It's not all roses though. I still hear sibilance on some tracks. I'm not sure if this is an issue with the stylus and cart, or perhaps having the Mani on high input and output gain to accommodate my MC cart, or mastering on the disc, or the pressing of the disc, etc. etc. With digital it's a lot easier to pinpoint where something like sibilance is coming from. And of course the PX-3 can't correct for dirty vinyl, or scratched vinyl, but I have played several records with warps and haven't heard any significant distortion in the sound. The VPI really required the peripheral weight to flatten those records out before they'd sound their best.

    The real testament to how good this is is that it perfectly plays the 30th anniversary pressing of Dark Side of the Moon, a notoriously difficult pressing to track and one that has vexed many record enthusiasts for its significant IGD. With the PX-3, I don't hear any of that, just Pink Floyd's timeless music.

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    If you've heard, have, or had a linear tracker, let's discuss them here!
     
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  2. k4rstar

    k4rstar Britney fan club president

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    I have heard and have had a few. The best sounding example is the Rabco SL-8E tonearm which, while servo-controlled, is not as sophisticated as later Japanese market entries. But this is to its advantage. I find microprocessor controlled tonearms to lose something in the music. This was true for the Sony PS-X800 and certainly true for the Revox B790. They are just a bit sterile sounding compared to what I know analog can sound like. Very cool stuff to play around with but not something I would own again. I have never tried your Yamaha.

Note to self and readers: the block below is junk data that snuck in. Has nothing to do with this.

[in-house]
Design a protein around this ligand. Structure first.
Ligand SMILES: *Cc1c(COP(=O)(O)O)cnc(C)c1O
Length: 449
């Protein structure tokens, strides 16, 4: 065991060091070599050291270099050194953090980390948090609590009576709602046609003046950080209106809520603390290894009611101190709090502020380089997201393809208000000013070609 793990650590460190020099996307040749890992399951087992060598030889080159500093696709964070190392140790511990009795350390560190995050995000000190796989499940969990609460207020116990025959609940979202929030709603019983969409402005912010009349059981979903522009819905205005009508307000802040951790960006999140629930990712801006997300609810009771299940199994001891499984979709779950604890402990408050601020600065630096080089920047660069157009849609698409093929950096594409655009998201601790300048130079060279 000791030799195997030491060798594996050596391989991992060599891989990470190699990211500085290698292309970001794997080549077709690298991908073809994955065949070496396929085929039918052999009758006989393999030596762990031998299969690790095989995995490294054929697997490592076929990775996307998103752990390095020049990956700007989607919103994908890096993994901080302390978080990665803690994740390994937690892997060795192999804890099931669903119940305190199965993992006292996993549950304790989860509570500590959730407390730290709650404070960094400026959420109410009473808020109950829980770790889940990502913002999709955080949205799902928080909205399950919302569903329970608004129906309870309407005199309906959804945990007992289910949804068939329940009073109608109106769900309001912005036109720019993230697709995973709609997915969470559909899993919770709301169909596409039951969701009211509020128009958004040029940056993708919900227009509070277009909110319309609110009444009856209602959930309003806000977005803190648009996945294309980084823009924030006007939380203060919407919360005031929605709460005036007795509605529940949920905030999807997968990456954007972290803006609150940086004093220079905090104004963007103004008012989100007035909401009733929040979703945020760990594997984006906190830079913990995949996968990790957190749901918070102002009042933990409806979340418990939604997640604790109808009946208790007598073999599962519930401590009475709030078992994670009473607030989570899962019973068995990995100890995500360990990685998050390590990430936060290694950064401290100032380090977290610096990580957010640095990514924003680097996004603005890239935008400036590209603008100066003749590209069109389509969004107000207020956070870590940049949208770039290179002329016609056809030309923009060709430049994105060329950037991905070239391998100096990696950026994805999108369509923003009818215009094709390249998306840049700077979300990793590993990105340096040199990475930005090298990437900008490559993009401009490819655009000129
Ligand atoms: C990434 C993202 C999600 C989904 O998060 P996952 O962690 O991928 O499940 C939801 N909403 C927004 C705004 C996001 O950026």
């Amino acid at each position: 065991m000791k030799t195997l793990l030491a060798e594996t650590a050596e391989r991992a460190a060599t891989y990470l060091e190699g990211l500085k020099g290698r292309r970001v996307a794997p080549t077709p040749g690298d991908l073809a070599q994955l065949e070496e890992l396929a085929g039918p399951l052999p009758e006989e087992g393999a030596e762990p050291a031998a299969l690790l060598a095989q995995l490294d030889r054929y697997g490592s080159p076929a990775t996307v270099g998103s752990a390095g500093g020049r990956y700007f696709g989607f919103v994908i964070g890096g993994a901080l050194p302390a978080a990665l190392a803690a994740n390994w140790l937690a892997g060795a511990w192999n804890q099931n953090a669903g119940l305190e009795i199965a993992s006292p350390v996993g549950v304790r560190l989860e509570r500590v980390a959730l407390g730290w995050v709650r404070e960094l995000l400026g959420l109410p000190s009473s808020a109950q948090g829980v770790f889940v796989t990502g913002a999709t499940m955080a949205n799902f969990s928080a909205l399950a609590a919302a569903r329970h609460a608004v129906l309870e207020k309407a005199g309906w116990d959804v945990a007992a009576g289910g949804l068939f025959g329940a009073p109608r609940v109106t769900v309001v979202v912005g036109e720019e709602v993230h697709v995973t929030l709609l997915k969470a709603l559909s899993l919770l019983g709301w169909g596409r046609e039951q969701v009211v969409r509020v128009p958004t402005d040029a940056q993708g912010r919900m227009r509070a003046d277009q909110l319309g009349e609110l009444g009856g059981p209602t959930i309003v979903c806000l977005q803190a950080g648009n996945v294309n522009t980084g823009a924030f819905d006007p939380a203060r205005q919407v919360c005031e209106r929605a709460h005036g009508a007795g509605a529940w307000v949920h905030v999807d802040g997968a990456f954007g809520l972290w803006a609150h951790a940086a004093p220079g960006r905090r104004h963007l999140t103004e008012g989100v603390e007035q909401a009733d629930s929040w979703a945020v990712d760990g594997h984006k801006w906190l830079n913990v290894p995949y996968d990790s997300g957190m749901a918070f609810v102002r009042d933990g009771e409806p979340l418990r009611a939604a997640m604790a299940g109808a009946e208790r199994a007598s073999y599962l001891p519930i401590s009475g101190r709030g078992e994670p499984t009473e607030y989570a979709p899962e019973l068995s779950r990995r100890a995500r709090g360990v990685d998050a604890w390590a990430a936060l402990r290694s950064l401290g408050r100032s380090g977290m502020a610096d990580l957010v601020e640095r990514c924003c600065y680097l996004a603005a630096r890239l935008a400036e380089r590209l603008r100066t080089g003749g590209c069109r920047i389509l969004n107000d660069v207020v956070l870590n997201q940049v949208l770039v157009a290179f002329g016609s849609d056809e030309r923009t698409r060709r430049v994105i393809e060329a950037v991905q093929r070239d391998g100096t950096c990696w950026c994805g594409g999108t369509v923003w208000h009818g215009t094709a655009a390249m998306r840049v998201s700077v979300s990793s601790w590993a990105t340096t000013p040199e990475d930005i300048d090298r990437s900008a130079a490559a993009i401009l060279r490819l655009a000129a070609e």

My Sony is pictured below. I thought it was pretty good until I tried a 50% broken Lenco and felt like I was hearing music for the first time. I then fixed the Lenco and never looked back.

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    One of the more interesting combinations I've seen on the net is this user who put a Rabco on his Dual 1019, which despite it's reputation as an automatic consumer machine is actually a sublime turntable. The Rabco does not have the sterile characteristic but as you can see below is not for the faint of heart to configure.